Approximately, I've done about 1,800 units total as a syndicator over the last 10 years. Certainly, not as prolific or as fast as maybe some people out there but that's never really been my philosophy. My philosophy has always been conservative underwriting. It's been about doing the right deals with the right people, and I'm in this business for a career.

Multifamily Syndication as a Relational Business

Aaron: This is not a short-term thing. I'm not in multifamily syndication now but moving on to the next hot sector and a couple of years. I've been in the apartment investing industry going on a decade now. I plan on remaining here and continuing to evolve and navigate all the changes in our industry and just continue to be in this business for a long time.

I built it to be a relational business. Developed over the years I think a reputation of being a guy that people want to do business with. Being the guy that straightforward, honest, easy to work with, built up a reputation of credibility. And so it's just continued to do the right deals with the right people moving forward. And I have a very loyal investor database, many of whom have invested with me multiple times, because I think they like the way that I communicate with them, and, the way that I oversee projects, and at the end of the day, the returns that I'm able to provide to them.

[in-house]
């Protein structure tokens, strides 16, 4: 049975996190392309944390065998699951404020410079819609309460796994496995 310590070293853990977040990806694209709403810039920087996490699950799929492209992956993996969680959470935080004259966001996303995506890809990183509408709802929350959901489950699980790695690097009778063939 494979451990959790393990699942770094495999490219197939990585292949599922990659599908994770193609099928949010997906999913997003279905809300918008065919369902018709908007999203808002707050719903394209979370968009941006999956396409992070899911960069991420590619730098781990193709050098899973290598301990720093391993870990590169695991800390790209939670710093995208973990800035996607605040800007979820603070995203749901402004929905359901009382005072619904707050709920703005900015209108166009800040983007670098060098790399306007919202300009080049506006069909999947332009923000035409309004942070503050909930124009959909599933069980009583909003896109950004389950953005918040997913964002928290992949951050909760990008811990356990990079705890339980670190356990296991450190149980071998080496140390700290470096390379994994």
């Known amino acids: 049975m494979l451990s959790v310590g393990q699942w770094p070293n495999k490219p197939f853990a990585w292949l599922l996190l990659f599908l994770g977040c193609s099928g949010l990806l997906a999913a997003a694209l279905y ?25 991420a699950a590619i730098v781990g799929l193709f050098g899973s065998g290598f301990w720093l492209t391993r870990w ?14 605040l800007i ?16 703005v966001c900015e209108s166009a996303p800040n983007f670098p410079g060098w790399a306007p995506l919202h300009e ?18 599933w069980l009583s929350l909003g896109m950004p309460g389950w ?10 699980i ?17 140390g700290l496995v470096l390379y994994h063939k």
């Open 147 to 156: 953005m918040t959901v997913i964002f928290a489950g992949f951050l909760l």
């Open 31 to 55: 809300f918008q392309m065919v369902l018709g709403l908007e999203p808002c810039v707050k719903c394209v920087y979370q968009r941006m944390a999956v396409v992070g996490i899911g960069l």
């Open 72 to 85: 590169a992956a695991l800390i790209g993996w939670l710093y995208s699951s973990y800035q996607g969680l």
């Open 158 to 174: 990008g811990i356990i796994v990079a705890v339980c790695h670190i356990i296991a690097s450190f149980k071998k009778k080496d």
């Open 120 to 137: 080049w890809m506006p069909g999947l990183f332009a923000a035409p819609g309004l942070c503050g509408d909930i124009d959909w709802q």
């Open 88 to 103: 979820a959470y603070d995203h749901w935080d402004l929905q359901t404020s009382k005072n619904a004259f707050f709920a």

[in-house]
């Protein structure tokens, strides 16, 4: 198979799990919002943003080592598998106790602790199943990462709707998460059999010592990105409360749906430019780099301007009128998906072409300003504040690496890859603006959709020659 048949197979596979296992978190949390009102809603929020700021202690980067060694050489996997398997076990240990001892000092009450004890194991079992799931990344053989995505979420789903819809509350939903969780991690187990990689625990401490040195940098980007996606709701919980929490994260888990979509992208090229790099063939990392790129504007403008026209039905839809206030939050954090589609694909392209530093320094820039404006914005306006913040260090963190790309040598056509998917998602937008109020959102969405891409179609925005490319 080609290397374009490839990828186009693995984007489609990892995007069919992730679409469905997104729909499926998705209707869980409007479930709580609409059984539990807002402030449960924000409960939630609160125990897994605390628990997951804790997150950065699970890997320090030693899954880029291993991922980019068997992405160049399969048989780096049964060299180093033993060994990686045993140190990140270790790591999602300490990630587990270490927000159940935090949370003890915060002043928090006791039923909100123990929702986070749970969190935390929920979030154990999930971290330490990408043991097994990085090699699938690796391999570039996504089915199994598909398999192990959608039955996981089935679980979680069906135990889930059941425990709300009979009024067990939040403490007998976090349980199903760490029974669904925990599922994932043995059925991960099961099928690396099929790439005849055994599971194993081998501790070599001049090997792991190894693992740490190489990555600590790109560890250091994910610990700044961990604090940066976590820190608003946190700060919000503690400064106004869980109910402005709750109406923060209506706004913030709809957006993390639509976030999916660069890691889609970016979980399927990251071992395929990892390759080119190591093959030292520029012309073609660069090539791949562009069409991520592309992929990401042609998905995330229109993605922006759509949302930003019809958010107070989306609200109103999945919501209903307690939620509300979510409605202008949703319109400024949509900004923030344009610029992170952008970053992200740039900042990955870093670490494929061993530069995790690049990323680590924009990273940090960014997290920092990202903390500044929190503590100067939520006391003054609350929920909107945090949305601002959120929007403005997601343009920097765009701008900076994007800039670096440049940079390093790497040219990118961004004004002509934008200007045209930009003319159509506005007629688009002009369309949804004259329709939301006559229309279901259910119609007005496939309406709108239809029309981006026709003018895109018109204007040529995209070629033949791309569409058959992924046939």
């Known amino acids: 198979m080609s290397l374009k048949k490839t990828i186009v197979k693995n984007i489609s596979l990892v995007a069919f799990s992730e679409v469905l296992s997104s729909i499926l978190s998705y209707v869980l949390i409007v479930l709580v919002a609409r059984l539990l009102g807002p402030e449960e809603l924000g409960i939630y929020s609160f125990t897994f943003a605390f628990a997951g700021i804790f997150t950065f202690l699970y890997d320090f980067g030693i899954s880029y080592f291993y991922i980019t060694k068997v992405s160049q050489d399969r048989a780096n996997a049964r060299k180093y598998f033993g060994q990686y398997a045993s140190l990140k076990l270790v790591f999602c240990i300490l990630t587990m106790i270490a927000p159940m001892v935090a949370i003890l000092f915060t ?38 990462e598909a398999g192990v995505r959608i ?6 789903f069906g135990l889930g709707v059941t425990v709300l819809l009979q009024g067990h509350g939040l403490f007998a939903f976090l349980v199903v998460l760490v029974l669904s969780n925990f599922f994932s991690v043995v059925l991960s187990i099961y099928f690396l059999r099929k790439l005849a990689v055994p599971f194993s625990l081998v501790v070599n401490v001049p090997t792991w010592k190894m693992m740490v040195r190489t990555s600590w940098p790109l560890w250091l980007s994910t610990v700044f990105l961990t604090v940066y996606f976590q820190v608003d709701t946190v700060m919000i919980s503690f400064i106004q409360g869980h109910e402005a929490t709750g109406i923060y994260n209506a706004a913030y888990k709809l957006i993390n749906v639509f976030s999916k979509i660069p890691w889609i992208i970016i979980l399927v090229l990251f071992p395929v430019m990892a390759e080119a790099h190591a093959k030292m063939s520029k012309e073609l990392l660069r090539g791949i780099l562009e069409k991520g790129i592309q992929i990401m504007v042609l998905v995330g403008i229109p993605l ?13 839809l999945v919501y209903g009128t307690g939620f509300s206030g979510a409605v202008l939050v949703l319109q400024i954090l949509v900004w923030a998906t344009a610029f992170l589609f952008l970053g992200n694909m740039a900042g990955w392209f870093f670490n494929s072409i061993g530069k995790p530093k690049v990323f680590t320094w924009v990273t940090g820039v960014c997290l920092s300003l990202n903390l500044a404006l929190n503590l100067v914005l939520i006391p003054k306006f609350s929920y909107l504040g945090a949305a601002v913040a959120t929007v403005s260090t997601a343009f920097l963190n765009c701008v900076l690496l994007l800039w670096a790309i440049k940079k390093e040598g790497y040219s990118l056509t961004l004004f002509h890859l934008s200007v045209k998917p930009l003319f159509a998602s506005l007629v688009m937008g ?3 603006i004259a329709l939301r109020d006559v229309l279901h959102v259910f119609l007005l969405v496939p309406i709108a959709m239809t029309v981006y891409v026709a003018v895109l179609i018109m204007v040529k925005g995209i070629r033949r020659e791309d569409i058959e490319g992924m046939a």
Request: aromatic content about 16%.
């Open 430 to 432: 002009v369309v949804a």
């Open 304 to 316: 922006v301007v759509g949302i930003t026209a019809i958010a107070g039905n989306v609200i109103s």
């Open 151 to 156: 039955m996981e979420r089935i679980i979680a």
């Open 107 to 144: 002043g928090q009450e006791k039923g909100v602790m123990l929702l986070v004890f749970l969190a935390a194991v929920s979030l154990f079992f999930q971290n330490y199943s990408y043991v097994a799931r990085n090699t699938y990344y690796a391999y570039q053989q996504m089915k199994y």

Darin: That's fantastic. So I skipped over a part that I typically go through, and I just want to share with the listeners how I even know you. So Aaron and I both were in the same multifamily mentorship group. When I first got involved about three years ago, Aaron was one of the first syndicators I reached out to and said, "Hey, I just joined the group. I'm just getting in the space. Can we meet for coffee and can I pick your brain?" Look, this guy is busy. He's been in the business for 10 years, he's done 10 or more deals and 1,800 units, but he was kind enough to meet with me as a new guy.

Building a Brand